READ : 2 Kings 5:8-15
It is possible to want to remain sick. A person can be filled with self-pity: “poor me.” One can get a lot of sympathy that way. Or one can develop an attitude of “learned helplessness.” It is hard to let go of familiar ways and launch out by faith. There are many emotional cripples in the world. Indeed, sometimes we may give up and no longer seek for health.
Naaman had suffered much from his leprosy. Sickness can humble the greatest: it is no respecter of persons. In his desperate search for healing he was willing to go to any lengths, to make any sacrifice, to pay any price. He even went to the king of Israel, who was powerless to help.
Elisha now came to the rescue, with a humiliating order: the General must dip seven times in the dirty Jordan River. Only when the soldier swallowed his pride and was willing to trust and obey did he receive healing: “his flesh was restored . . . like the flesh of a young boy” (v. 14, niv).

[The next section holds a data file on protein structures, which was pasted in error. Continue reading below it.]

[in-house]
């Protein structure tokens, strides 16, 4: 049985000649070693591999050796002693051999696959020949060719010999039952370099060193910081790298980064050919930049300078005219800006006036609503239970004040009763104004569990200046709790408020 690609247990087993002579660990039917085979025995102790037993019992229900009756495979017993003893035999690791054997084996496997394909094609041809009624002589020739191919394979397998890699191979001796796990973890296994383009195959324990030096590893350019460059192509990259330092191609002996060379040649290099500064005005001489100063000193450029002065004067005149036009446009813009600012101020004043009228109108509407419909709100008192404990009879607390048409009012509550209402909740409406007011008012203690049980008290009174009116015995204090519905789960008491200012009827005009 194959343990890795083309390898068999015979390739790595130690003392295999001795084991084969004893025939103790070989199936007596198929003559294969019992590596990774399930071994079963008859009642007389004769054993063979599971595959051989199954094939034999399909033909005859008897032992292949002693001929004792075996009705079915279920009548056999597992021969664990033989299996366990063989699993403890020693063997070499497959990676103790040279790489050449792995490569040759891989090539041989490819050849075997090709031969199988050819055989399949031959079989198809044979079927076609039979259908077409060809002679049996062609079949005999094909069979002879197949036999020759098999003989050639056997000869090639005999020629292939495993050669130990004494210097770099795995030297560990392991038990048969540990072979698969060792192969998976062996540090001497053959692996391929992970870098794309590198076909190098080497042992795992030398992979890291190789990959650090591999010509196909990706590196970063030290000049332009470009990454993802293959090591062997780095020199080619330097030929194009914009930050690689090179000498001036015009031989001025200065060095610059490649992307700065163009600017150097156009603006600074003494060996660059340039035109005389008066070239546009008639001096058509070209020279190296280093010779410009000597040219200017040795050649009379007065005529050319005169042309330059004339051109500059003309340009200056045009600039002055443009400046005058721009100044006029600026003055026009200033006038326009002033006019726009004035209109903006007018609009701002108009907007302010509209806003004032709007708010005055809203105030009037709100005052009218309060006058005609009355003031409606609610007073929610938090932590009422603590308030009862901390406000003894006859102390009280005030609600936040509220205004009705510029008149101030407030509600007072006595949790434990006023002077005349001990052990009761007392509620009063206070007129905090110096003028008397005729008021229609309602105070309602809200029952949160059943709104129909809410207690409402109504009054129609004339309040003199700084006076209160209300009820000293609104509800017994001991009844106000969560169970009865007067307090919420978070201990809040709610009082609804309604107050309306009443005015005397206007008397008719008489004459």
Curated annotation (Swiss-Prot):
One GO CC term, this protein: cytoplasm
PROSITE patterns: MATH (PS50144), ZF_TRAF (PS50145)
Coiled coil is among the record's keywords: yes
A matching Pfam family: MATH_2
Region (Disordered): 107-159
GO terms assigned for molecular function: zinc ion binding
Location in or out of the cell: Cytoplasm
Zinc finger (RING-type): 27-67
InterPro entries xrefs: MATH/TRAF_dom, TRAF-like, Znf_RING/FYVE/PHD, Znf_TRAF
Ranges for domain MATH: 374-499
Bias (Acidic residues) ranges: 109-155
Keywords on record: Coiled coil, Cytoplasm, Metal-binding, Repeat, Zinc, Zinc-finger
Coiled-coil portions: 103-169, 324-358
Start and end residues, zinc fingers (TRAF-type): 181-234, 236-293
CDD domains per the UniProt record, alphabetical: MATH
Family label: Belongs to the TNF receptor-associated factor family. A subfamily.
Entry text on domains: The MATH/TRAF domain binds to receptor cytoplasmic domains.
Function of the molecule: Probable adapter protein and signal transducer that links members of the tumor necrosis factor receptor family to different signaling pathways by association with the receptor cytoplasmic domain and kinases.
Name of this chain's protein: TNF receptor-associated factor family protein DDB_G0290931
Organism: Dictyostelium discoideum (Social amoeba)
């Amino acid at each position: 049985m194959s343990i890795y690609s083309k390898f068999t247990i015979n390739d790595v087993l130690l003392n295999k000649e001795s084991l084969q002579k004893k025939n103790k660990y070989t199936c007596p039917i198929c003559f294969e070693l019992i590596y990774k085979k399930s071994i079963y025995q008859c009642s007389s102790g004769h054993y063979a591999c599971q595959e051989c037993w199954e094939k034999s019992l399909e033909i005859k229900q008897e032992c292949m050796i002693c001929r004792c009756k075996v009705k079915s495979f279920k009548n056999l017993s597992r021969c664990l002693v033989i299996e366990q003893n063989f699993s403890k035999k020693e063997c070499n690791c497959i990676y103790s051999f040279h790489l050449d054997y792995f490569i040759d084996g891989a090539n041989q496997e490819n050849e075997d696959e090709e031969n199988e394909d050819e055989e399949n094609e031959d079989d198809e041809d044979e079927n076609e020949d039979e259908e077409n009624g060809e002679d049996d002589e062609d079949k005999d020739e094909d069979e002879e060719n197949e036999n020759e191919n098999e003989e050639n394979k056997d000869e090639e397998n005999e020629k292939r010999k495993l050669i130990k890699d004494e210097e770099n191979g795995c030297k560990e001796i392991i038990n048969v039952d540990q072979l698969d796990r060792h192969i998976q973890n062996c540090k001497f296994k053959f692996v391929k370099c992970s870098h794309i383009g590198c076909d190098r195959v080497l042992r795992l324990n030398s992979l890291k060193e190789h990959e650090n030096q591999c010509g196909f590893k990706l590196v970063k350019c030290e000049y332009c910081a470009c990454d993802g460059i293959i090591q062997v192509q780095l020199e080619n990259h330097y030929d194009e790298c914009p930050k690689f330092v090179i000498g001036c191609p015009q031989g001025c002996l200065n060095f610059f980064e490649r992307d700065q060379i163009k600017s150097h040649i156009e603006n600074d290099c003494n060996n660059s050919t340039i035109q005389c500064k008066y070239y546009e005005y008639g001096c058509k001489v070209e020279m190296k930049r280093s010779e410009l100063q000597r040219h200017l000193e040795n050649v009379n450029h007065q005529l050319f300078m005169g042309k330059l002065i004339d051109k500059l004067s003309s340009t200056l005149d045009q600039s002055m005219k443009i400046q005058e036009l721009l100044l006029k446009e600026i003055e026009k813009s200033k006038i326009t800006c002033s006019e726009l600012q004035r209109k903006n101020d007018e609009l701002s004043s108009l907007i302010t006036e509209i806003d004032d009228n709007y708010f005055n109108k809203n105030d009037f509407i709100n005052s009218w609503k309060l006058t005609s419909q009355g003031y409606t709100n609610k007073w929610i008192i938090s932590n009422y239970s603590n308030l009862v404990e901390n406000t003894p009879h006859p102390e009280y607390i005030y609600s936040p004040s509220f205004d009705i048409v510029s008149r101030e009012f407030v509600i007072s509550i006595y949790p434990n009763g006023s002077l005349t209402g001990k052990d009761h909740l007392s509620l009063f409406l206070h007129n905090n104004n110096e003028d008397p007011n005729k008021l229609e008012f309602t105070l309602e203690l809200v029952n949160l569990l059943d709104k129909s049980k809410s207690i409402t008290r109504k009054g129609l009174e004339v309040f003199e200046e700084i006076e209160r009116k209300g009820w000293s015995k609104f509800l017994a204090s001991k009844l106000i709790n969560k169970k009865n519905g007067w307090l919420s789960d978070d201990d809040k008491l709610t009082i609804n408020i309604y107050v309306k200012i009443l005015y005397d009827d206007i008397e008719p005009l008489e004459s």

Our Lord invites us to trust Him and prove the reality of His gracious provision for our temporal need. Has He not promised to be the Physician of our bodies and spirits, working through various means, to bring us wholeness?
Lord, “grant purpose to the Church as it seeks to carry on Christ’s ministry of healing to suffering humanity.” Amen. (RCA Liturgy).